Quasar 670 Amidite
Quasar 670 Amidite
Key featuresShow Hide
- Used to add a red fluorescent dye to the 5' end of an oligonucleotide.
- Maximal emission around 670 nm. Alternative to cyanine-5.
- Quenched by BHQ-2.
- Does not have DMT functionality.
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Cyanine-based dyes have been used for many years in areas such as textiles. Their application in nucleic acid labelling (1) increased firstly with their commercial availability as succinimidyl esters, then latterly as phosphoramidites. Today they are a central part of many diagnostic platforms and assays based on fluorophore labelling and detection. Cyanine dyes are used as fluorescent markers in oligonucleotide synthesis,(2) primarily for molecular diagnostics such as the preparation of probes used in monitoring real-time PCR, fluorescence in situ hybridisation (FISH) and in Surface-Enhanced Resonance Raman Spectroscopy (SERRS) based DNA detection assays. Their emission spectra can be tuned by altering the length of the polymethine chain and solubility in organic or aqueous solvents can be altered via the substituents on the aromatic ring. The most commonly used classic phosphoramidite dyes are Cyanine-3 and Cyanine-5 (structurally equivalent to Cy™ 3 and Cy™ 5. These are generally attached to the 5'-end of an oligonucleotide during synthesis, however are easily incorporated within the sequence. The MMT-protected hydroxyl group is removed in the same way as DMTr protection. Internal incorporation is not common due to the lack of heterocyclic base in their structure and as such they do not have the ability to participate in base pairing. This destabilises any duplexes formed. For 3'-attachment, we have introduced the equivalent 3'-modified CPG supports. Previously this was done by adding the dye post- synthetically onto an amino-modified oligonucleotide or by adding the amidite to a support functionalised with a modification that will not interfere with the use of the oligonucleotide (e.g. phosphate, spacer). 3'-Labelling is particularly useful in FRET where the FRET partner is incorporated either at the 5'-end or within the oligonucleotide sequence.(3) LGC Biosearch Technologies' series of Quasar™ dyes were developed as direct replacements for the Cy™ 3, Cy™ 5 and Cy™ 5.5 dyes; Quasar 570, Quasar 670 and Quasar 705, with emission maxima at 570, 670 and 705 nm, respectively. Quasar dyes increase fluorophore choices and help eliminate potential cross-talk problems associated with multiplex qPCR. They are efficiently quenched by BHQ-2 or BHQ-3, and can be used in many different probe formats. Multiplex suggestions and PCR instrument compatibility of Quasar dyes can be found at our multiplex qPCR webpage. Quasar CPG and phosphoramidites are available for direct labelling of oligonucleotides. Active esters are available for coupling to amine groups on substrates such as proteins, peptides and oligonucleotides. The carboxy acid variants are used to label peptides, oligonucleotides or functionalized amines.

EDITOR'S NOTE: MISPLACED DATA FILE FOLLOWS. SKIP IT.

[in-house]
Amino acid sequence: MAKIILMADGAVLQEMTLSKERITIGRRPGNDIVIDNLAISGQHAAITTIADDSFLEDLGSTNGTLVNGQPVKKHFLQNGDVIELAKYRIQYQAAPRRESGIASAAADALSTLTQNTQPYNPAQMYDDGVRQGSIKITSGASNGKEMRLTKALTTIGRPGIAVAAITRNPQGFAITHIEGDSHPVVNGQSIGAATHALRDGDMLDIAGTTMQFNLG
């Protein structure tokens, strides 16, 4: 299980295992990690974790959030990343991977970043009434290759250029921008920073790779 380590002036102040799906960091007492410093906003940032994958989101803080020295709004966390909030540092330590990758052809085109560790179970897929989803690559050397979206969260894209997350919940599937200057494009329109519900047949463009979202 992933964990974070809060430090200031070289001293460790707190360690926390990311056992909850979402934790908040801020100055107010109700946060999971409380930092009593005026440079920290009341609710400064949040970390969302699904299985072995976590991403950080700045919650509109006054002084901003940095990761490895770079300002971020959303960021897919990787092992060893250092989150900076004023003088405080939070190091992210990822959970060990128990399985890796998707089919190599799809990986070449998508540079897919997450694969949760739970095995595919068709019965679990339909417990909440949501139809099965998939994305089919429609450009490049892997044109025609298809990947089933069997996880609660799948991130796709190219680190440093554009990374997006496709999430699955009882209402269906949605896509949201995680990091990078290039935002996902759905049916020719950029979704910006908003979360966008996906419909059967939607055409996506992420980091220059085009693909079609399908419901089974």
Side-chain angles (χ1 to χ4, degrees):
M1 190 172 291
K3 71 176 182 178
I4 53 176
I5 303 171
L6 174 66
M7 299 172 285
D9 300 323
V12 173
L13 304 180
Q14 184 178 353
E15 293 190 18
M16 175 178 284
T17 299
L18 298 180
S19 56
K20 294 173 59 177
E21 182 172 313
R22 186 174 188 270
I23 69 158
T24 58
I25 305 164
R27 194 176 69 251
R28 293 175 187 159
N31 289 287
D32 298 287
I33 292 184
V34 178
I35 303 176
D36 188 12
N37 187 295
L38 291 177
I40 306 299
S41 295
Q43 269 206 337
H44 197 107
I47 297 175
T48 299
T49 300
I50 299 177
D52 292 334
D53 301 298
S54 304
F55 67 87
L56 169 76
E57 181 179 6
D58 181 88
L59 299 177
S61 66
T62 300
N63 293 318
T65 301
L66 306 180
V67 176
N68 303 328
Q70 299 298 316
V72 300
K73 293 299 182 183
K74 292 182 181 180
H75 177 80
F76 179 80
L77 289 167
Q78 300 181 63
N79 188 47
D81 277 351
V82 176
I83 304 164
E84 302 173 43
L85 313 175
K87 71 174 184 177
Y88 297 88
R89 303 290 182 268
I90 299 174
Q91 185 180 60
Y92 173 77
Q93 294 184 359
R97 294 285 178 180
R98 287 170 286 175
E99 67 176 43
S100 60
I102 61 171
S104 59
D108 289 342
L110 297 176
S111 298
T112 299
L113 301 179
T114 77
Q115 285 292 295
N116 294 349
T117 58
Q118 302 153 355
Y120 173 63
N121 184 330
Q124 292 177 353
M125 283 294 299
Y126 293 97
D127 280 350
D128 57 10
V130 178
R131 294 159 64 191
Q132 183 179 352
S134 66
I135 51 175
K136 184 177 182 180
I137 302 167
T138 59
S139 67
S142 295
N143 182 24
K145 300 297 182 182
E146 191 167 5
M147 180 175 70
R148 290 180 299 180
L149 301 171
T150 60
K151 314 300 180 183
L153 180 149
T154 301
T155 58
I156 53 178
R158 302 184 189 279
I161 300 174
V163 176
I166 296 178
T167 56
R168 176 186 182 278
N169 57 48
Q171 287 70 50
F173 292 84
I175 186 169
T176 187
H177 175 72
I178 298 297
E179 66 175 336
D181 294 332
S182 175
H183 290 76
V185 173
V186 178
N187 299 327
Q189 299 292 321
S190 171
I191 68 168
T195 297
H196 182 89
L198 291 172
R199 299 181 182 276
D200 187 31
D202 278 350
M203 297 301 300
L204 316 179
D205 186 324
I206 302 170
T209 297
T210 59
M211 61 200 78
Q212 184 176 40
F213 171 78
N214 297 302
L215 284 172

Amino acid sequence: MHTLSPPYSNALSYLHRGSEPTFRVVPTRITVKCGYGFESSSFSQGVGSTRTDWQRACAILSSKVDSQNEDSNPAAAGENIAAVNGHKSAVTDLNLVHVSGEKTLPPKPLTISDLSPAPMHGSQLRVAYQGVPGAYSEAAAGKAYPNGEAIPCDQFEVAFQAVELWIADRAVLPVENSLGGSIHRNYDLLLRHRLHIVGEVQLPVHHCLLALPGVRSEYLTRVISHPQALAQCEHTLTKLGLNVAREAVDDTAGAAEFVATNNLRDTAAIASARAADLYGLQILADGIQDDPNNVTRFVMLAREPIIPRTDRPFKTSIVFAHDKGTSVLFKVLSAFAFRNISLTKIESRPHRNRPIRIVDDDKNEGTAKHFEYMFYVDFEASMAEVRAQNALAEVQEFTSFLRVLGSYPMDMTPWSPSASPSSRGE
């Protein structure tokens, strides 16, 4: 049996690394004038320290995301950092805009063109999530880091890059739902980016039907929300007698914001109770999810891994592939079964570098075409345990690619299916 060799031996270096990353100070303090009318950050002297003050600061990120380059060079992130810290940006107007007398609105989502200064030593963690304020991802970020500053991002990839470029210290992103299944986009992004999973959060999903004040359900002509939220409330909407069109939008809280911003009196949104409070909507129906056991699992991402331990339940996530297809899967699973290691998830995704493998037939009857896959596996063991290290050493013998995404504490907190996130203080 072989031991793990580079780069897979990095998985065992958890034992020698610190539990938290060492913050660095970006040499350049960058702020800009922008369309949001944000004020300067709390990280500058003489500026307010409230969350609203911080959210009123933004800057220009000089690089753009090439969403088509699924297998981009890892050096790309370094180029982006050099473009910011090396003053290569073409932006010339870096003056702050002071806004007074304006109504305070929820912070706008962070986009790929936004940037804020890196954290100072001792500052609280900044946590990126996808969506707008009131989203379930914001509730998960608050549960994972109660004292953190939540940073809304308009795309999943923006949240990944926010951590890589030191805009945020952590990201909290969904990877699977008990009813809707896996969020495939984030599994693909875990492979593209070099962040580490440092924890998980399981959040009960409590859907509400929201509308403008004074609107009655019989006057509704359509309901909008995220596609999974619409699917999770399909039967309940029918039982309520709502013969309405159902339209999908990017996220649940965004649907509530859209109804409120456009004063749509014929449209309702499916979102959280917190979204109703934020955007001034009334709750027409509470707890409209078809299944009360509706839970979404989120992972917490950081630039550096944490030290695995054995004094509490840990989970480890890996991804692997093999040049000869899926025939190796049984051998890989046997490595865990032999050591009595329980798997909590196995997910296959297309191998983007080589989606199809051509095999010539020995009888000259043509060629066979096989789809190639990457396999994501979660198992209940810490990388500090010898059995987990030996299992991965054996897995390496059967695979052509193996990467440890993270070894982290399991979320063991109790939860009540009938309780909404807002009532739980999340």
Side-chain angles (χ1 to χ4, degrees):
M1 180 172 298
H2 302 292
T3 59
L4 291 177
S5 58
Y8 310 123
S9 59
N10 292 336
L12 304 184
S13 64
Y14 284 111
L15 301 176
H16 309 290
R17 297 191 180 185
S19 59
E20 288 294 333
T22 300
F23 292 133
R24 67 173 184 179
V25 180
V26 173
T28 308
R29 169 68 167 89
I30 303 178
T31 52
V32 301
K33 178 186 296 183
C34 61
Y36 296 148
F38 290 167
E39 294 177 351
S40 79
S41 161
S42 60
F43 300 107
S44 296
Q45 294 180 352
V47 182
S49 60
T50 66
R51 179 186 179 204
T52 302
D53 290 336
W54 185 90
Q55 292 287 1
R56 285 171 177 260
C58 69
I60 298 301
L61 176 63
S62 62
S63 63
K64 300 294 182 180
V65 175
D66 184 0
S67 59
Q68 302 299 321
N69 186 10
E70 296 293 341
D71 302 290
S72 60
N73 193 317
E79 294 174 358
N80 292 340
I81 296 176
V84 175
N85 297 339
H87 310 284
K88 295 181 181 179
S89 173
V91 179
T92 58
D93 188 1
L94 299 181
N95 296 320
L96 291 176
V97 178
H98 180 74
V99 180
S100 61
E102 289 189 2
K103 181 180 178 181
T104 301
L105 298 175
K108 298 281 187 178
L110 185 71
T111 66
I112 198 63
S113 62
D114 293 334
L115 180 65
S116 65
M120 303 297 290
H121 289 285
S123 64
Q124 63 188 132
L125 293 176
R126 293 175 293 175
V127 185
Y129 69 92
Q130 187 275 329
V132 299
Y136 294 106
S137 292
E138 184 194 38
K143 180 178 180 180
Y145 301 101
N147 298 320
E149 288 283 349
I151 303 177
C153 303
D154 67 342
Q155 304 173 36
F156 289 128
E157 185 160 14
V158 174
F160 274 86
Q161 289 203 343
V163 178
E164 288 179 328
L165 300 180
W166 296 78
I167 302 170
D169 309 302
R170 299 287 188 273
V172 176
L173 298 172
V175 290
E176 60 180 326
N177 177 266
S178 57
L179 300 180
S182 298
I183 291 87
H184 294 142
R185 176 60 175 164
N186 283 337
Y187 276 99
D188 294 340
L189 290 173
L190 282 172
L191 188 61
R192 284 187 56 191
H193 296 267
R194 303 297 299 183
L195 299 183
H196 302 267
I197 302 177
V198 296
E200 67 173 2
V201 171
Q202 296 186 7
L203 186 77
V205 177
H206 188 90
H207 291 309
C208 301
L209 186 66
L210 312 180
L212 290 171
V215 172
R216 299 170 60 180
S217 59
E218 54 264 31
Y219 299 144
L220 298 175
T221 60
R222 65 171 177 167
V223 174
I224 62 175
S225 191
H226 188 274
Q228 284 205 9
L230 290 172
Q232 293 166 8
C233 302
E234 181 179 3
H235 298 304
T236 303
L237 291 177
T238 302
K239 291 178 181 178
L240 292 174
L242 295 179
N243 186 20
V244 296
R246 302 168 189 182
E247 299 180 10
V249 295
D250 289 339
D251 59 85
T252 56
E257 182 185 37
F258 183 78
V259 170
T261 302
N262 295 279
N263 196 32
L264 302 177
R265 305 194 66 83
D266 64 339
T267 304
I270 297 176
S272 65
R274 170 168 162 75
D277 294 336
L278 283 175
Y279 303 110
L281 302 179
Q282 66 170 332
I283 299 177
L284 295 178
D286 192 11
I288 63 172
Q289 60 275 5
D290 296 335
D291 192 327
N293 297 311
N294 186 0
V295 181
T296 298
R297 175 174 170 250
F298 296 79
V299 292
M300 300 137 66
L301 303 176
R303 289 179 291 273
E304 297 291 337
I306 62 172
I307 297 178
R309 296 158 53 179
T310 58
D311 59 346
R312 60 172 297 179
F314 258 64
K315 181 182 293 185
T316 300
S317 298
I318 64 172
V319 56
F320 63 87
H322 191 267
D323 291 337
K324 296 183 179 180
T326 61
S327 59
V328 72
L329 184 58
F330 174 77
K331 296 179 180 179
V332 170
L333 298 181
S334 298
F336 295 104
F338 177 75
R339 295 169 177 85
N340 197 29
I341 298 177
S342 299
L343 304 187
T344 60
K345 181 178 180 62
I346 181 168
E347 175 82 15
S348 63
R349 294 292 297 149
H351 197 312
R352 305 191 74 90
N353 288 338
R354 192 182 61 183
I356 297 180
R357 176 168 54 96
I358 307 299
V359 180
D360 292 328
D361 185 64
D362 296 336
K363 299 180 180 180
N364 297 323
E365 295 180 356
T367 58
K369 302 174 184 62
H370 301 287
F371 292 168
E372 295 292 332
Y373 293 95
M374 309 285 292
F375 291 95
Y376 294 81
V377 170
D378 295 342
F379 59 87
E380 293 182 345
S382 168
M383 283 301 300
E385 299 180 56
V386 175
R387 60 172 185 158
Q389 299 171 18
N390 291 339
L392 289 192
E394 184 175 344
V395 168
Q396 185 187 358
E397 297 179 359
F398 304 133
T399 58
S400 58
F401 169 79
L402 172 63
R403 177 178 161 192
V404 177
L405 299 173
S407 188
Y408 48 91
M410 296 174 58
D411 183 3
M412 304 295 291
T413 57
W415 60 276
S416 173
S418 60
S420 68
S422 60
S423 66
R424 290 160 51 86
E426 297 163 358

- Molecular Probes Based on Cyanine Dyes for Nucleic Acid Research, T.G. Deligeorgiev, p125, in Near Infrared Dyes for High Technology Applications, Ed. S. Daehne, U. Resch-Genger and O. Wolfbeis, NATO ASI Series Publ., Kluwer Academic, 1998.
- Fluorescence based strategies for genetic analysis, R.T. Ranasinghe and T. Brown, Chem. Commun., 5487- 5502, 2005.
- Fluorescence resonance energy transfer in near-infrared fluorescent oligonucleotide probes for detecting protein-DNA interactions, S. Zhang, V. Metelev, D. Tabatadze, P.C. Zamecnik, A. Bogdanov Jr, Proc. Natl. Acad. Sci. USA, 105, 4156-4161, 2008.